Descending below the canyon rim on the short but steep Navajo Loop trail, it’s a theory that doesn’t require stretching your imagination.

Ambling down “Wall Street”, the narrow section of trail where the vertical walls of the canyon reduce the trail to a shoulder-width red sliver, I almost expect to see some “Occupy Bryce Canyon” protesters squatting in the canyon recesses. Instead, I round the bend and find two towering spruce trees well over a hundred feet tall leading a lonely existence in an environment otherwise devoid of green life. Though only 7:30am, it’s not the first time today I find myself scratching my head asking “how?”

Though intriguing, I didn’t walk this trail to ponder over spruce trees. I came for something bigger. Something manlier. Something that would make me feel like a conqueror.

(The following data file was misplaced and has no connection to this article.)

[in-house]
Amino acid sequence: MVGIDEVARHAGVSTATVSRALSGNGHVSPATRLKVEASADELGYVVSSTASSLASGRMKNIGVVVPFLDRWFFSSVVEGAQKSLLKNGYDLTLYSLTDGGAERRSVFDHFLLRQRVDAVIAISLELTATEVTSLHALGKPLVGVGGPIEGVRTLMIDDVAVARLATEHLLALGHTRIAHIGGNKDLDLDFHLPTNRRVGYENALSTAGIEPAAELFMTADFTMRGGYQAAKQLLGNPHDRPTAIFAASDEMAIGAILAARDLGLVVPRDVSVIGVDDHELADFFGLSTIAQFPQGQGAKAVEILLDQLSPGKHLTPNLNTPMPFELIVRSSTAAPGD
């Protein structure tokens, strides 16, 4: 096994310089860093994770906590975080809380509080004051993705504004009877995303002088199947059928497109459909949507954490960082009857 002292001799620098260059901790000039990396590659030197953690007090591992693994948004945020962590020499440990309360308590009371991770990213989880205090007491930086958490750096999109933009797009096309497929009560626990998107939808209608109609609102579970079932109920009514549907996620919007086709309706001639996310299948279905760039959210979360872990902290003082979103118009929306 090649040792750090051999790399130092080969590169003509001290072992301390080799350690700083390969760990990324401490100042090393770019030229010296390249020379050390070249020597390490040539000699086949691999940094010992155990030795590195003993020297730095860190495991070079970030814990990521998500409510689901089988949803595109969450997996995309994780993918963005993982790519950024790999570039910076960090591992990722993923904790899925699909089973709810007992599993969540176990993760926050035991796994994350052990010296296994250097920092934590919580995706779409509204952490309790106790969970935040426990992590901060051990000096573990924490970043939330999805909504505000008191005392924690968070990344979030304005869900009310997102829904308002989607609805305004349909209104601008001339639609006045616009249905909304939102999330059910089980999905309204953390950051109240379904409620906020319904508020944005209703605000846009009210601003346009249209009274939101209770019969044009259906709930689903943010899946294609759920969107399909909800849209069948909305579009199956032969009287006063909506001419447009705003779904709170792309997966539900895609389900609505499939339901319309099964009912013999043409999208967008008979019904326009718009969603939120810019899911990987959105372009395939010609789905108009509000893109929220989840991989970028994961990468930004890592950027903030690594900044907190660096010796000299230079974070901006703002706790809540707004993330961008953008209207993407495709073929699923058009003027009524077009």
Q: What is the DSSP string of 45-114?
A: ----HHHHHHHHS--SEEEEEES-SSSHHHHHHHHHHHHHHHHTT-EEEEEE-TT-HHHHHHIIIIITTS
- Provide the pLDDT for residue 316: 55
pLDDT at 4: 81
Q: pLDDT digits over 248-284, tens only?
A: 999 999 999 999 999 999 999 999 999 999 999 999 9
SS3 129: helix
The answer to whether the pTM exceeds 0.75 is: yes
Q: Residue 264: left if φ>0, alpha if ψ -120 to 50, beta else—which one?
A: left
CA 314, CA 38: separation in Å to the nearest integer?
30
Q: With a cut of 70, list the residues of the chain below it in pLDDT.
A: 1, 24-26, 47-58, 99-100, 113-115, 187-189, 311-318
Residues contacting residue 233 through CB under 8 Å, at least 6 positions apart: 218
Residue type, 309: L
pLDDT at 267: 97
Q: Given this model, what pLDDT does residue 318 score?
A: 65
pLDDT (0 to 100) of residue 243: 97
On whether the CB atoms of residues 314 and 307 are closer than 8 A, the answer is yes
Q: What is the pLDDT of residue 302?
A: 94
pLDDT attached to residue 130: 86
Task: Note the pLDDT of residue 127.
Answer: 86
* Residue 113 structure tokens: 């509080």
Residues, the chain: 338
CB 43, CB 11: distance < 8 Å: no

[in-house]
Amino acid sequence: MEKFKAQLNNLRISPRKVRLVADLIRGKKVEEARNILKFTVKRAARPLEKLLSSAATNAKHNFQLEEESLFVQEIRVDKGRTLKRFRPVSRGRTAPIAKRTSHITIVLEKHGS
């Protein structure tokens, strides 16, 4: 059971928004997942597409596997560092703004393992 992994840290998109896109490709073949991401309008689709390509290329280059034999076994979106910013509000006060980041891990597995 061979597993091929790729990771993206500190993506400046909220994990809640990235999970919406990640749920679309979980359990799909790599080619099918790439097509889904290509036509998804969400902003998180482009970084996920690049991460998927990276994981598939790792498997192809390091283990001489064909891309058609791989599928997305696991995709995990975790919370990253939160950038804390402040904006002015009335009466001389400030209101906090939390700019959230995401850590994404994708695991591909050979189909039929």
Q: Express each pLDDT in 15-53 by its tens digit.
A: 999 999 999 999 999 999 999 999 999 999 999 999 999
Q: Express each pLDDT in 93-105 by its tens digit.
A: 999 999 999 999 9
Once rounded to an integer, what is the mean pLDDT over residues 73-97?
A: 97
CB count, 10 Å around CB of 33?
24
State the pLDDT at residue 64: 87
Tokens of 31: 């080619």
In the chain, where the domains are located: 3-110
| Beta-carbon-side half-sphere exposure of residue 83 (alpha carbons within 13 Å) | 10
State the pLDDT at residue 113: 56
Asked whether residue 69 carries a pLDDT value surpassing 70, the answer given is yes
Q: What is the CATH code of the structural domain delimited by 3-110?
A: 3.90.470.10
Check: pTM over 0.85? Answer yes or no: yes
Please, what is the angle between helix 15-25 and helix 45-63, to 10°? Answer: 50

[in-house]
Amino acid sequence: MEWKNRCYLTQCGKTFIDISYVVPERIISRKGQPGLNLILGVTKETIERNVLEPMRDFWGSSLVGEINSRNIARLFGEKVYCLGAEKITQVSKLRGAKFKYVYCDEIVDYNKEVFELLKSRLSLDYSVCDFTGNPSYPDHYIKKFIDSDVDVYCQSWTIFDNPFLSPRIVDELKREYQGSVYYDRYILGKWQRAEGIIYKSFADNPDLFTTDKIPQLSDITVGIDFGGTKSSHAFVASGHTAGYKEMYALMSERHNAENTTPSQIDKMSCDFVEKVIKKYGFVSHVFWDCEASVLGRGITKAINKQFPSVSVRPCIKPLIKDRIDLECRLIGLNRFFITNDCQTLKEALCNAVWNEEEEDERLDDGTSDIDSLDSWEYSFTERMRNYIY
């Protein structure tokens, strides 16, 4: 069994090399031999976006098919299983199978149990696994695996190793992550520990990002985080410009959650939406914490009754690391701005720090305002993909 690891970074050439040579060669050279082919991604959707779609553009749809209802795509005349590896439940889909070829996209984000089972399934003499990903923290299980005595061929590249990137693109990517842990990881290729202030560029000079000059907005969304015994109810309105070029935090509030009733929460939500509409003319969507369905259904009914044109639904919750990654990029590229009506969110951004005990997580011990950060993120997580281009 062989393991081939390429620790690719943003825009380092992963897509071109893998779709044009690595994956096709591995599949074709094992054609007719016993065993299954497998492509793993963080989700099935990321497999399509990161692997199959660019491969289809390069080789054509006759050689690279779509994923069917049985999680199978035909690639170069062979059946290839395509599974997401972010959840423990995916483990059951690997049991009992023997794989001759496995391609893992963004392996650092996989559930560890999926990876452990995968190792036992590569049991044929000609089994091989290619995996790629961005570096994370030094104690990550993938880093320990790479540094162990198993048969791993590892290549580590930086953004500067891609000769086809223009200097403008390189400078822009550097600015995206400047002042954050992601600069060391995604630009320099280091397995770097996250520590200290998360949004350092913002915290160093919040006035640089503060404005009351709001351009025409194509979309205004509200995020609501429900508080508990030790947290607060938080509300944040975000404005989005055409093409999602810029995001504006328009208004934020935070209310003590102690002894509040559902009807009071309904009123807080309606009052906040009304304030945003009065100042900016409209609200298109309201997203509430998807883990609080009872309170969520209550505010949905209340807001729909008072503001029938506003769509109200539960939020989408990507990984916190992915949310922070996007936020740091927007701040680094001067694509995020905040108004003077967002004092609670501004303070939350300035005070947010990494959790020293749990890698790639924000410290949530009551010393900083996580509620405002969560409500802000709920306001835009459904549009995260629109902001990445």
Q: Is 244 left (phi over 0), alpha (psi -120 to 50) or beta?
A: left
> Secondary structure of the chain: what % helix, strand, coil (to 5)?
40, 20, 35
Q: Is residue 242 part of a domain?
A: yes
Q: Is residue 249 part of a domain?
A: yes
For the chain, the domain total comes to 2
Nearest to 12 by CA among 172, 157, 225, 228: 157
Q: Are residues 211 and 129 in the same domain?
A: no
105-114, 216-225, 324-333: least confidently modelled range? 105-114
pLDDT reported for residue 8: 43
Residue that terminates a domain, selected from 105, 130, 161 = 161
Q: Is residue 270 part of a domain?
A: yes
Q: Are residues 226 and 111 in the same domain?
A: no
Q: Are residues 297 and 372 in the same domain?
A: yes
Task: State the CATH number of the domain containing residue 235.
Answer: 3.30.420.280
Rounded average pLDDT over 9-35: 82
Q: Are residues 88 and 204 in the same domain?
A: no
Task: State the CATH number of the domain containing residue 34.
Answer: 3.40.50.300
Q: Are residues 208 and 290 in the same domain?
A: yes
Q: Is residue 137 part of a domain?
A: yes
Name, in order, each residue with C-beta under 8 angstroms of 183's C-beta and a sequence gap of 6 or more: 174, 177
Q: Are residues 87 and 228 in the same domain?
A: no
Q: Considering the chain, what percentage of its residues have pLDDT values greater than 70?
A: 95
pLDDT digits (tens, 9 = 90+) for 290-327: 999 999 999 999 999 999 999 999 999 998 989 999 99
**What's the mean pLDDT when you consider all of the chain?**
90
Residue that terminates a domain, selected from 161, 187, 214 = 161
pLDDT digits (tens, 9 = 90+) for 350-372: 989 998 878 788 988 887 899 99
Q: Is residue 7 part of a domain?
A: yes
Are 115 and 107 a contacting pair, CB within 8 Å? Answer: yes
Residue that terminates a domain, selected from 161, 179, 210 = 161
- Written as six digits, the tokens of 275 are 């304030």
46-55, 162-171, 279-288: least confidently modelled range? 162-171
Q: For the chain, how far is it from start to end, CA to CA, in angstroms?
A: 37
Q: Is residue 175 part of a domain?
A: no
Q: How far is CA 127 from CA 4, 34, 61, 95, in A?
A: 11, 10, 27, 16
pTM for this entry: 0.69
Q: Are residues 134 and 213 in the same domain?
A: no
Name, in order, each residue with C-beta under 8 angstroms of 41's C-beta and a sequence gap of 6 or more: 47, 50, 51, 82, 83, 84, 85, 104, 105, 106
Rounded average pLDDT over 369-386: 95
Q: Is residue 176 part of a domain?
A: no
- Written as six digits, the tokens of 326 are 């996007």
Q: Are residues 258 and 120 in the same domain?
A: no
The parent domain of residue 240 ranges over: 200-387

I came here to stand beneath Thor’s Hammer.

Ridiculous, I know. It’s just a rock. But it’s the rock with the best name of any natural formation that I’ve seen yet since setting out to explore “10 days, 10 states, 10 great American sights”. Simply standing beneath Thor’s Hammer makes me want to sail ships and eat meat. It makes me want to pillage.

There would be no pillaging in this canyon, however. At least not today. I came to Bryce Canyon to catch the sunrise, and to gaze at one of darkest skies in the country while nestled in a cold but star-kissed tent.

I came to Bryce Canyon to hike amongst the hoodoos and reflect on isolation.

I came to Bryce Canyon to see it before I die.